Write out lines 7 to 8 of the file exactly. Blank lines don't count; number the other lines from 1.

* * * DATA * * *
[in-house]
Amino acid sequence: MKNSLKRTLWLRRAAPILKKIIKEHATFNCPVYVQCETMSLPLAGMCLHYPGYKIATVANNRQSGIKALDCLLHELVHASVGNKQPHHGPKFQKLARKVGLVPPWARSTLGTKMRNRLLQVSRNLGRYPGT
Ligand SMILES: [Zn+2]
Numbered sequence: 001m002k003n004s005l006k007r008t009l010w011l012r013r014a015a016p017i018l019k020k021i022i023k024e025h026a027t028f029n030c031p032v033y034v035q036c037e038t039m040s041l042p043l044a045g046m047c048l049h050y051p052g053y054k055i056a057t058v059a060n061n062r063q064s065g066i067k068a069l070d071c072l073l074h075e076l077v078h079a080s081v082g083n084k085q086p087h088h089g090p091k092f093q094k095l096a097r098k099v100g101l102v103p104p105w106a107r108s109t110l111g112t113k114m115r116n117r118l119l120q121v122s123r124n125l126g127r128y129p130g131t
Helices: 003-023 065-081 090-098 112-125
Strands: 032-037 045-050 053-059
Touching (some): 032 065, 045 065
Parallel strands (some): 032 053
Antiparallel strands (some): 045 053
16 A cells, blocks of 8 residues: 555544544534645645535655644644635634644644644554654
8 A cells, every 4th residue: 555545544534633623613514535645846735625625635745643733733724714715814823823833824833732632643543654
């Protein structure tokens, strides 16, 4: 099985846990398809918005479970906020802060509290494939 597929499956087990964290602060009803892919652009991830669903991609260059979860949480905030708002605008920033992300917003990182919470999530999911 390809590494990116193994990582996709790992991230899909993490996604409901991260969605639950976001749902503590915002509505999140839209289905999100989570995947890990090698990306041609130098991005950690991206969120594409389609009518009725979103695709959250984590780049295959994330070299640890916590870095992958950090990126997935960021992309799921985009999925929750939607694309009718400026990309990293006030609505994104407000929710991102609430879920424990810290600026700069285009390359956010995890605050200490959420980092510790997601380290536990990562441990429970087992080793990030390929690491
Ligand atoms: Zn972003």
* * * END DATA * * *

Touching (some): 032 065, 045 065
Parallel strands (some): 032 053